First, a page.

Swashbucklers await exhibit at FI

May 27, 2008 5:57:58 PM PDT
Hollywood may have made them anti-heroes, but the Franklin Institute plans to reveal the real history of pirates."Black" Sam Bellamy was a mean, old pirate from the early 18th century.

His ship was the Whydah Gally, a smallish, speedy vessel he pirated from British slave traders.

The Whydah sunk just off the coast of Cape Cod in 1717, during a fierce Nor'easter.

The story of the ship, and its crew, is now told in the Real Pirates exhibit, coming this weekend at the Franklin Institute.

An underwater explorer found the Whydah in 1984.

It is the first, and only, pirate ship ever discovered in North America.

The confirmation came when they read the inscription on its bell.

The bronze artifact is encased in a tank of freshwater, for preservation.

There are also canons, guns, coins and other treasure - all nearly 300 years old.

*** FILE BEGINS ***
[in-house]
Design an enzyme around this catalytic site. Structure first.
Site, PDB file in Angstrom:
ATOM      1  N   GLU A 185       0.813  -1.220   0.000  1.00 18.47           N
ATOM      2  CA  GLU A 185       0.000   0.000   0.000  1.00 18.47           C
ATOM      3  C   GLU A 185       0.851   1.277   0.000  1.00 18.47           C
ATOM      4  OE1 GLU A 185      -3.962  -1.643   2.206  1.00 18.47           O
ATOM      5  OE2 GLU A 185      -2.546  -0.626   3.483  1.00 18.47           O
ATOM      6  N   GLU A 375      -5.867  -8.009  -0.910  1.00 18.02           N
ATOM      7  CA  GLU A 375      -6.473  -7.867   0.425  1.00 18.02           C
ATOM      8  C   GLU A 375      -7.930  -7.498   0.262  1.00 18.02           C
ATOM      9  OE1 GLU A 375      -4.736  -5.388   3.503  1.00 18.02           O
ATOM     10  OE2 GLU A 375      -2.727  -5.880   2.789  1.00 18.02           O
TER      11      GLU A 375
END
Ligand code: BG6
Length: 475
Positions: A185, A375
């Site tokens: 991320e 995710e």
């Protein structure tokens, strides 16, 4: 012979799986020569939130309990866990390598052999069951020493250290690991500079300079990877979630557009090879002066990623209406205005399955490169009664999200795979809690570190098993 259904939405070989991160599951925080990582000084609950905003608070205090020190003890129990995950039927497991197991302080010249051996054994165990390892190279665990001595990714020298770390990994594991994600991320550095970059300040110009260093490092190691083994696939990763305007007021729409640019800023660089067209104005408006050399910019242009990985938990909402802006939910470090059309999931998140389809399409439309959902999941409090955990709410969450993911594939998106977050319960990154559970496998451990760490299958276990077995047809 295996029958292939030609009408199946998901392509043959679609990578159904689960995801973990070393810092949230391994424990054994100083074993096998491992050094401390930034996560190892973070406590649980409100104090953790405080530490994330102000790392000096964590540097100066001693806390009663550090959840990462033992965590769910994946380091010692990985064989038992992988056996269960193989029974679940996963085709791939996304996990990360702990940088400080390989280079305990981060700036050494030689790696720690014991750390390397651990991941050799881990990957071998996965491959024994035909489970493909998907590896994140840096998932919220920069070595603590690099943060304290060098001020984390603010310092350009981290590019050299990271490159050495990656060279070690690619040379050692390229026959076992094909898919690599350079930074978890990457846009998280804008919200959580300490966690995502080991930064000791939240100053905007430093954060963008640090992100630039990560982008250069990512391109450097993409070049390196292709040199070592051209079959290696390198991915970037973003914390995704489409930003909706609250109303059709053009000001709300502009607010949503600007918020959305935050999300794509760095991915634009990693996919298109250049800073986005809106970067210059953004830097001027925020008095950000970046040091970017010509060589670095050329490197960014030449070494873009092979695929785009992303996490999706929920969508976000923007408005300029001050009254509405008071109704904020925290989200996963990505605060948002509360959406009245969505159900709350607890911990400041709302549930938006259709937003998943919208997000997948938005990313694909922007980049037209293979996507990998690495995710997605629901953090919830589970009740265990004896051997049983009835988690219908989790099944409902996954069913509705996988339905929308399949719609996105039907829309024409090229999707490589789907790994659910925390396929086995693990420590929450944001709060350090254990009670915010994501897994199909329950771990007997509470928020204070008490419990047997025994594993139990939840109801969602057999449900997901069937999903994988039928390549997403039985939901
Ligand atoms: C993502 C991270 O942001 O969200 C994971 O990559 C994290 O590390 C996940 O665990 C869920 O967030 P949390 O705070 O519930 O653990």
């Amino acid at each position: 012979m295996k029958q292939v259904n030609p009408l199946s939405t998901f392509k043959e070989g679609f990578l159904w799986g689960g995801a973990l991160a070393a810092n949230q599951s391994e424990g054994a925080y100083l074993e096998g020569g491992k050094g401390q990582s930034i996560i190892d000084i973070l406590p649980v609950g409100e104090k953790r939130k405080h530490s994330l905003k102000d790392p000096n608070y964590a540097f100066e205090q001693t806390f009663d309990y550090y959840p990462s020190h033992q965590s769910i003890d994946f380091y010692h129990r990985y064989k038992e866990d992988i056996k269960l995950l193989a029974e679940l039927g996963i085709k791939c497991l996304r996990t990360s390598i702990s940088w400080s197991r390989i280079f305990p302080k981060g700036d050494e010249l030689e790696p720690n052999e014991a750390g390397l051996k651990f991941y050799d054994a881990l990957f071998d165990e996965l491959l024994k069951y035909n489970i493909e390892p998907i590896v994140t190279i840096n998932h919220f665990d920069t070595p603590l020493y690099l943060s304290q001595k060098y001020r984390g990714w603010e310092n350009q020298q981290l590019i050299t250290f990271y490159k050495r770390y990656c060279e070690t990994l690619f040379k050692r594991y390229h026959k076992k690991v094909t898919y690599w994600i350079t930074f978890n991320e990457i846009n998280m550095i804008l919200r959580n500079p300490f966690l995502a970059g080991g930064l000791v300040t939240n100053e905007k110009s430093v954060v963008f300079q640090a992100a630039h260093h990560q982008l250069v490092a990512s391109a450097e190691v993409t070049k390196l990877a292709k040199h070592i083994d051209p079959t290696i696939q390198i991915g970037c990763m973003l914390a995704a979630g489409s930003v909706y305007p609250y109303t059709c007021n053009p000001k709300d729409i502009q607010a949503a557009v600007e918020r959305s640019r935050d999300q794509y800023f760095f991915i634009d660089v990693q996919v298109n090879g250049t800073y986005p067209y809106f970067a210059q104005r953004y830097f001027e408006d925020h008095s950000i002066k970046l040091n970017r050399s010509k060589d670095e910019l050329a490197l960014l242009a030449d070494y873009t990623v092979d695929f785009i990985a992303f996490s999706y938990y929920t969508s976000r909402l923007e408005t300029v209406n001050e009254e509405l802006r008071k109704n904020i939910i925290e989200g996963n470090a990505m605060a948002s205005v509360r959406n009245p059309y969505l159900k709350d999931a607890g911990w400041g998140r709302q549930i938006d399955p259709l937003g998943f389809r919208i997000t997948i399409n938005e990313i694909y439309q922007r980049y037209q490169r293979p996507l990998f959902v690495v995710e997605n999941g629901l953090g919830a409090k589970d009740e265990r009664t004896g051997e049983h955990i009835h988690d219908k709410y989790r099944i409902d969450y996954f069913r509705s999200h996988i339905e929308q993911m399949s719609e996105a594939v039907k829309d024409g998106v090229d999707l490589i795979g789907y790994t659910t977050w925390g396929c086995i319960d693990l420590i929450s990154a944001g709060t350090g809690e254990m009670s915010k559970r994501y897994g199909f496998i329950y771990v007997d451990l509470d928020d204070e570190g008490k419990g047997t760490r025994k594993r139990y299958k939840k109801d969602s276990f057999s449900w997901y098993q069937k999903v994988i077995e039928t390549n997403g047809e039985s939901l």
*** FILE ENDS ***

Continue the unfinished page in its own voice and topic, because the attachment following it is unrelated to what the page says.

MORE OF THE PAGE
The Whydah remains in the Atlantic.

Pirates were ruthless, to be feared by many, but at the same time, they were also known to be humane, and in some cases, quite democratic.

Humane, because pirates would offer freedom to slaves on the stolen ships, provided they joined the crew.

And democratic, because the captain of the pirate ship would often be elected.

All this does not excuse their more typical campaigns of outright violence.

Real Pirates opens on Saturday, and runs until November at The Franklin.

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